2011/08/05 - Jakarta Cactus has been retired.

For more information, please explore the Attic.

Setting up Cactus Classpaths

You must understand that your Cactus tests are started by a JUnit Test Runner (in the client JVM) and that the Cactus TestCase that you have extended will connect to the Cactus Redirector (in the server JVM), where your testXXX() methods will be executed. See How it works to understand the mechanism.

Please also check the TestRunner Howto tutorial which explains all the different ways to start a JUnit Test Runner.

It is very important that you understand what files you need to put in the client and server classpaths, as 99% of Cactus errors come from an incorrect classpath !

Classpaths

Client side classpath

The Cactus tests are started by running a JUnit Test Runner (For explanations on how JUnit works see the JUnit web site). As pictured in figure 1, you need to have the following jars and classes in your client side classpath:

  • junit.jar: obviously this is needed for the JUnit Test Runner and because the Cactus XXXTestCase classes extend the JUnit org.junit.framework.TestCase class.
  • cactus.jar: well, this is the Cactus jar containing the core Cactus framework. Depending on the J2EE version you are using it is named cactus.core.framework.uberjar.javaEE.[J2EE_VERSION]-[CACTUS_VERSION].jar
  • your test classes: these are your test classes that extend the Cactus XXXTestCase classes,
  • servlet.jar or j2ee.jar: these are the Servlet API / J2EE API interfaces. This is needed on the client side classpath because your test cases extend one or several of XXXTestCase which use class variables that are Servlet / J2EE objects (HttpSevletRequest, PageContext, ...). You can get this jar either from your servlet engine or from the Sun Web Site ( Servlet download page or J2EE download page).
  • httpclient.jar: needed for Cactus Cookie handling.
  • commons-logging.jar: Cactus uses the Jakarta Commons Logging facade framework to provide seamless Cactus logging using any existing Logging framework (Log4j, LogKit, JDK 1.4 Logging, etc). It is also needed for Commons HttpClient.
  • logging framework jar(optional): The logging framework to use (Log4j jar, LogKit jar, etc). It is optional as it is only needed for internal Cactus logging and in addition, the Commons Logging framework provides a simple logger that logs on the console.
  • httpunit.jar, Tidy.jar and xerces.jar (optional): only needed if you wish to use HttpUnit in your endXXX() methods (see the HttpUnit Howto tutorial). The 3 jars mentioned above are part of the HttpUnit distribution.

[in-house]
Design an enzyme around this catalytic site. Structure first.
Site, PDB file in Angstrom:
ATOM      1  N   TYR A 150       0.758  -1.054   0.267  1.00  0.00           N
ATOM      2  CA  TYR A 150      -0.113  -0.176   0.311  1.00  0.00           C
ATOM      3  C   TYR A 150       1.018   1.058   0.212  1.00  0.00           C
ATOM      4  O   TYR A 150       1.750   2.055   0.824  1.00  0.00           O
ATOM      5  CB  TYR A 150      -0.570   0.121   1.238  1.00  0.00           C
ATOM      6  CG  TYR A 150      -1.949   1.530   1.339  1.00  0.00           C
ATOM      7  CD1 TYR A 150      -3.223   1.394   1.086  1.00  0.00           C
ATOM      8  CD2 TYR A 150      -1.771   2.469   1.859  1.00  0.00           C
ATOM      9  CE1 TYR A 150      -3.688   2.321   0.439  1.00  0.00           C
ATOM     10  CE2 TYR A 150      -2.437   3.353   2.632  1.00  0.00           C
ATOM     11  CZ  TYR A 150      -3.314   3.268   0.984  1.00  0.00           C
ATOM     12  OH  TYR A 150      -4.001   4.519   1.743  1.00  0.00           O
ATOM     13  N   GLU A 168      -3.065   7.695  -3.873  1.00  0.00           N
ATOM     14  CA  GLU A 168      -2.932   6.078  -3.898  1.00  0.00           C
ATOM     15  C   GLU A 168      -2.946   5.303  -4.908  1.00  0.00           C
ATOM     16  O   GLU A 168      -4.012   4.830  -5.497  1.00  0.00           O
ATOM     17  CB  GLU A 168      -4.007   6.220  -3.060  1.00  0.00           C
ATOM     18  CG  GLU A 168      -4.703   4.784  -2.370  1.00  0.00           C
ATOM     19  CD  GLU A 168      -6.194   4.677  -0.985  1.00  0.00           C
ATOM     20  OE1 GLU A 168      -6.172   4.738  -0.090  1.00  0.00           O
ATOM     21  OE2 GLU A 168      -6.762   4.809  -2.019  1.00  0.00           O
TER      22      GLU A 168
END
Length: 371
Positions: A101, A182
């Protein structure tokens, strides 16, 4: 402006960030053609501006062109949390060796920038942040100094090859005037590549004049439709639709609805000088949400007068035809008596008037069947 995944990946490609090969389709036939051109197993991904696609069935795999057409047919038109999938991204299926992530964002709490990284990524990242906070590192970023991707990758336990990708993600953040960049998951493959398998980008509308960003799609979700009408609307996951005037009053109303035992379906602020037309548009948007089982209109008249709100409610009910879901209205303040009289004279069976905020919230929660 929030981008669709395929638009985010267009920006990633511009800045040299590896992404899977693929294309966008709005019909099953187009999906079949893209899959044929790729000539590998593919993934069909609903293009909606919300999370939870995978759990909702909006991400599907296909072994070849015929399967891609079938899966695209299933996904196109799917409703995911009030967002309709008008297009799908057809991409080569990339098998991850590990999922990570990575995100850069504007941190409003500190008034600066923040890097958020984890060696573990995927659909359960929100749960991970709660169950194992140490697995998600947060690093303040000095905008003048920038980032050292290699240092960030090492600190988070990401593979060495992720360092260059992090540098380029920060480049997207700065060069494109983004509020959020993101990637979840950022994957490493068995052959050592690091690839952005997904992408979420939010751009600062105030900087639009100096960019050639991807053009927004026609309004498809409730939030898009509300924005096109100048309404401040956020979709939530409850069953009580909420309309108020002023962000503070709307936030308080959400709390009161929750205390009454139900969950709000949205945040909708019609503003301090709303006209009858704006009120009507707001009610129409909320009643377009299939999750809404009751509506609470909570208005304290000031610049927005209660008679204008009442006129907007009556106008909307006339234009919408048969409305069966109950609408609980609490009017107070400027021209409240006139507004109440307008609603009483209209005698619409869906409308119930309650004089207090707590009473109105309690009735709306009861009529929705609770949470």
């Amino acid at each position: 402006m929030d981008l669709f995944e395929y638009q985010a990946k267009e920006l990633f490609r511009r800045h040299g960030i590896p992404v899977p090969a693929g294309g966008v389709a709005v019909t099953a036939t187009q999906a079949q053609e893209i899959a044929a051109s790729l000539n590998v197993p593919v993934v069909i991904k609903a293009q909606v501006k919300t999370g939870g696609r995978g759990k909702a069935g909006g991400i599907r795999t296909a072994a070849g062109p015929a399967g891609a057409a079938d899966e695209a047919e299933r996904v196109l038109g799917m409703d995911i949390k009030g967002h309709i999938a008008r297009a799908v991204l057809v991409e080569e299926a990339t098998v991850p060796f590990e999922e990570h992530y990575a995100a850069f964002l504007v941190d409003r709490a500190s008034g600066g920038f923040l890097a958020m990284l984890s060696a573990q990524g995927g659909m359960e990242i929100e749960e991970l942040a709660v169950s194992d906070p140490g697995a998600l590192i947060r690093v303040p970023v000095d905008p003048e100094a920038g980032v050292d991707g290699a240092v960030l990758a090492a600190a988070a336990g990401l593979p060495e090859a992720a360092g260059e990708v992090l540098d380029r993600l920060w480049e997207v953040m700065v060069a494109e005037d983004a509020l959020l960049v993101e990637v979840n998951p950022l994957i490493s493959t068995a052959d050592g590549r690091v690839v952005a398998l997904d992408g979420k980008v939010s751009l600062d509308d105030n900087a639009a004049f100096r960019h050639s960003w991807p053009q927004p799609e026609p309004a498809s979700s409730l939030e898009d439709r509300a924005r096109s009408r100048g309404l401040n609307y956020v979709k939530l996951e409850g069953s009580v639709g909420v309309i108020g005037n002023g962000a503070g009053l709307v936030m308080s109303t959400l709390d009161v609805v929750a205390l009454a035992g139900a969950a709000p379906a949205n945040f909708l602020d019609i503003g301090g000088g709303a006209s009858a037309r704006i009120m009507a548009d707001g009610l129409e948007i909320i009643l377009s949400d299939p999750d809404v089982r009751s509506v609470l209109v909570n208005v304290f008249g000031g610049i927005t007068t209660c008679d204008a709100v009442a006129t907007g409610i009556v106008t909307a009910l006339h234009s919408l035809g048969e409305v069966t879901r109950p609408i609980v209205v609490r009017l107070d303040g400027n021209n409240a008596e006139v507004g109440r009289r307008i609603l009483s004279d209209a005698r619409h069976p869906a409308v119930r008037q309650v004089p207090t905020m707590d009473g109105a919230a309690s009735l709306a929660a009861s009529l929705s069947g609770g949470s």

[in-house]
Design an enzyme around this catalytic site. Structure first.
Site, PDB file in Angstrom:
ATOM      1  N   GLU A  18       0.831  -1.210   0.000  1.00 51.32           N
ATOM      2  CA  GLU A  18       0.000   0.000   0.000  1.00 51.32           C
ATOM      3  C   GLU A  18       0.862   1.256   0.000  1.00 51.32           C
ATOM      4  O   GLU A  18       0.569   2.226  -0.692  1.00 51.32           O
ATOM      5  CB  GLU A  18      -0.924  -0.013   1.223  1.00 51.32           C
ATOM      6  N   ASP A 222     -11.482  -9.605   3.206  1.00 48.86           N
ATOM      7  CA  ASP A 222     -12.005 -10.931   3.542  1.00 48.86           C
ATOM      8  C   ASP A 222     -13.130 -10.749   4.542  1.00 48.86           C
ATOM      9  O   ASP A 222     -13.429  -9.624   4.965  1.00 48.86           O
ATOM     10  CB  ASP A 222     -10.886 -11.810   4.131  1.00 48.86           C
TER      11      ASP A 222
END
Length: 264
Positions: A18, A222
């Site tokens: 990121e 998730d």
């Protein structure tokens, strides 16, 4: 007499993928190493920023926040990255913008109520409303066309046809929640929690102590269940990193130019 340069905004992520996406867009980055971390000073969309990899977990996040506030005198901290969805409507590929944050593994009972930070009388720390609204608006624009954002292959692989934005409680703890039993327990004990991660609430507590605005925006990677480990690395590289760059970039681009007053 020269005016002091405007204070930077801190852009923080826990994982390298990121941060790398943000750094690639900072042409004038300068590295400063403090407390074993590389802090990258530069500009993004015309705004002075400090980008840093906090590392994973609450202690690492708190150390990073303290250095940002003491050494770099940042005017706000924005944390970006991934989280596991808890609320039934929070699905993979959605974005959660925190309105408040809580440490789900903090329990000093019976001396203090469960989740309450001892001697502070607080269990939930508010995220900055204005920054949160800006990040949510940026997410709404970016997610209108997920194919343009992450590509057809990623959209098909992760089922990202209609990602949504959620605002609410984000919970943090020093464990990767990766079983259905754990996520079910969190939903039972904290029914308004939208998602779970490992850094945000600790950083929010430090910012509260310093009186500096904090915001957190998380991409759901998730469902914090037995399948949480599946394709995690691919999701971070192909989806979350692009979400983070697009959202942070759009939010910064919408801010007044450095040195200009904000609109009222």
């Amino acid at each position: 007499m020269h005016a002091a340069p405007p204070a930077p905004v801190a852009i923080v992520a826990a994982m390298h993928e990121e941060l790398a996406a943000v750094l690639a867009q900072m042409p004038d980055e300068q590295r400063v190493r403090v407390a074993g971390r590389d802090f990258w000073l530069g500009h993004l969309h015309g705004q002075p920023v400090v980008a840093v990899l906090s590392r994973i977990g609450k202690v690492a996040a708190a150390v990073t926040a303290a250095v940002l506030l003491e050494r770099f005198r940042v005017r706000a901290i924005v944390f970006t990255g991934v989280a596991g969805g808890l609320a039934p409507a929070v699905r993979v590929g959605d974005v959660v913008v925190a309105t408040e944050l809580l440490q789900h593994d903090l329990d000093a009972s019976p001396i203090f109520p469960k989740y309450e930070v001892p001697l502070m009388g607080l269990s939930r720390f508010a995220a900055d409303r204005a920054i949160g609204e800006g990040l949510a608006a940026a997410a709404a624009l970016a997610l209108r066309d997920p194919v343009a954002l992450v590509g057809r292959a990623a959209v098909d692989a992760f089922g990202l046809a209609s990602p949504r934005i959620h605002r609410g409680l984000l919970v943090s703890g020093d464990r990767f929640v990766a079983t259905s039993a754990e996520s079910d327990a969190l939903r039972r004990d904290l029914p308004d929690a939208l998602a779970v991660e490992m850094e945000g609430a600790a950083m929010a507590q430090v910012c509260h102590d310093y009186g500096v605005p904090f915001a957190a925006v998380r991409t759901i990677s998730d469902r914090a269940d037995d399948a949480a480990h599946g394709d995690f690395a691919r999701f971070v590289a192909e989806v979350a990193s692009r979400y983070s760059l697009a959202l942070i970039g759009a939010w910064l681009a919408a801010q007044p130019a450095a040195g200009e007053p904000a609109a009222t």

• aspectjrt.jar: AspectJ runtime jar.
If you have the habit of using class variables for the classes to test (as opposed to declaring them within the testXXX() method), you'll also need to put your classes under test in the client side classpath. In addition to the above mentioned jars and classes, you may have to put the cactus.properties configuration file in your classpath (Only if you are using it to configure Cactus of course). Details are described in the Config Howto tutorial). If you are using Log4J as the logging framework, you will also need to put a log4j.properties Log4j configuration file in your client side classpath (See the Config Howto tutorial).

Server side classpath

The server side part is a webapp. It can be packaged as a .war file or as expanded war. It should have the following structure, which will ensure that the classpath is correct:
  • WEB-INF/lib/cactus.core.framework.uberjar.javaEE.[J2EE_VERSION]-[CACTUS_VERSION].jar: the Cactus core framework jar,
  • WEB-INF/lib/junit.jar: this is needed because the Cactus XXXTestCase extends the JUnit org.junit.framework.TestCase class.
  • WEB-INF/lib/aspectjrt.jar: AspectJ runtime jar.
  • WEB-INF/lib/commons-logging.jar: Cactus uses the Jakarta Commons Logging facade framework to provide seamless Cactus logging using any existing Logging framework (Log4j, LogKit, JDK 1.4 Logging, etc). It is also needed for Commons HttpClient.
  • WEB-INF/lib/logging framework jar (optional): The logging framework to use (Log4j jar, LogKit jar, etc). It is optional as it is only needed for internal Cactus logging and in addition, the Commons Logging framework provides a simple logger that logs on the console.
  • WEB-INF/classes/<your test classes> : obviously as their testXXX() methods will get executed in the container.
  • WEB-INF/classes/<your classes under test> : will be called by your test classes.
If you have several webapps that use cactus you can put all Cactus jars in a place loaded by your container System classloader (provided your container correctly sets the Context classloader). The location is container-dependent; for example for Tomcat 4.x, you can put the jars in TOMCAT_HOME/common/lib. If you are using Log4J as the logging framework, you will also need to put a log4j.properties Log4j configuration file in your server side classpath (usually in WEB-INF/classes).